The last and most important goal and biggest challenge was how to pay for it all. Differentiating ourselves from all the other ports in the race, this is not a government funded project. We are a volunteer charitable organization and had to rely solely on sponsorships, grants and donations. And we are thrilled to say we can and will pay all our bills. The biggest heroes are the civic organizations who gave us grant monies like the Miami Downtown Development Authority, Tourist Development Council, PortMiami, Florida Sports Foundation and Florida Inland Navigation District. And to the corporations who give us amazing support in-kind like Bacardi, Peronni, LaCroix Water, Marquis Residences, Condo.com and Genting Resort World. Perhaps the biggest disappointment are the companies that regularly support sports and sailing all over the US in sponsorship who would not step up. You know who they are. We contacted them all several times and they all told us NO.
All in all, the 2012 stopover village was fantastic. We filled 21 acres of Bicentennial Park with 17 pavilions, exhibits, interactive games and rides. We had live bands and DJ’s, jugglers, Miami Heat and Miami Marlins Dancers, Beach Volleyball, Junkanoo Bands, High School Marching Bands, Marine and Weather Forecasting Seminars, School kids by the bus load, Custom Antique Cars, the Great Steamboat Race, Opti National Champ Team Racing and of course all 6 Volvo Open 70’s at our docks. We had media coverage around the world. Many local and National magazines ran stories promoting the race and Miami Stopover. The Miami Herald ran a story on the race’s progress every two weeks since October and we made the cover story twice during the event. We had local TV coverage continuously, Fox Sports carried the In-Port race live.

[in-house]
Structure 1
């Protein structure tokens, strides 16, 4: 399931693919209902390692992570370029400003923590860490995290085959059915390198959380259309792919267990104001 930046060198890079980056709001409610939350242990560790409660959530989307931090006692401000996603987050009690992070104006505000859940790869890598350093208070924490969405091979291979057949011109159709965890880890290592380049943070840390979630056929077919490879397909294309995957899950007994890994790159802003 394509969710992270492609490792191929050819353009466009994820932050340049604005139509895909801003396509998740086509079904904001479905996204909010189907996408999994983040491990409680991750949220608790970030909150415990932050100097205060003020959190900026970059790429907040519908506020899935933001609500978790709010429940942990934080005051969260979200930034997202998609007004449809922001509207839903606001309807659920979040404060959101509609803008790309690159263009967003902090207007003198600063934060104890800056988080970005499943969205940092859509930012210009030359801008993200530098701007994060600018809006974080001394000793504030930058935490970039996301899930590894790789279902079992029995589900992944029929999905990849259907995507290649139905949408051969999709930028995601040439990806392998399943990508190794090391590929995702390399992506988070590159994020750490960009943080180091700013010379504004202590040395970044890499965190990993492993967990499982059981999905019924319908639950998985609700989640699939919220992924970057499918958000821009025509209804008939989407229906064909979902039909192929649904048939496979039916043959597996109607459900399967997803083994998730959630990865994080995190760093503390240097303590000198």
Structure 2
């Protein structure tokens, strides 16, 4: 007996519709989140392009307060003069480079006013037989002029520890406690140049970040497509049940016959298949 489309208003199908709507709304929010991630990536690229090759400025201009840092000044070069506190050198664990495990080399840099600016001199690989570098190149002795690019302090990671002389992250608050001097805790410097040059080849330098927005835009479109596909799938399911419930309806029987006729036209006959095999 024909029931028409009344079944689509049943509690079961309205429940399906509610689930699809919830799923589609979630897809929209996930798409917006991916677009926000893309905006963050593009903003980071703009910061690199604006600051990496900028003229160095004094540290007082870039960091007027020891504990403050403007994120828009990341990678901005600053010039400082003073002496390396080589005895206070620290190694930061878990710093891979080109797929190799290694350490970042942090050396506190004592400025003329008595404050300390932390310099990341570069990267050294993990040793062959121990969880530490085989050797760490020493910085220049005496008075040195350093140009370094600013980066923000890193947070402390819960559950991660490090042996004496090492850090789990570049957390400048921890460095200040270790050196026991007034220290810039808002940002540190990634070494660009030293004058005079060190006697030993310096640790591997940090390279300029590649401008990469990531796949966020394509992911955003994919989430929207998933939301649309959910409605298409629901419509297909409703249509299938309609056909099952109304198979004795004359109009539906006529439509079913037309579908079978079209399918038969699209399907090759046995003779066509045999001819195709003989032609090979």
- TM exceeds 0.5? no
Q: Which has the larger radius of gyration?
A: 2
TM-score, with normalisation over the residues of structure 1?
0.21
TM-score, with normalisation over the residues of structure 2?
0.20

We grew from a core group of 5 to a team of 60 plus local people and 120 Volvo Ocean Race Staff working around the clock to pull this thing off. There were over 400 volunteers manning the village over the two weeks plus 130 race committee volunteers working on the water. The crowds may have been less than we would have hoped for but we pulled it off, met our goals and have legacy to build upon for the future.
Watching the home team Puma be the first to arrive off the shores of Miami Beach.
Two antique 1895 steamboats racing, lots of yellow school busses arrive at the village, six beautiful Volvo Open 70’s at the docks and smiles on everyone’s faces in the village
Largest Rainfall in May for Miami since 1901.
Empty docks on May 22nd.
PAUL TODD/Volvo Ocean Race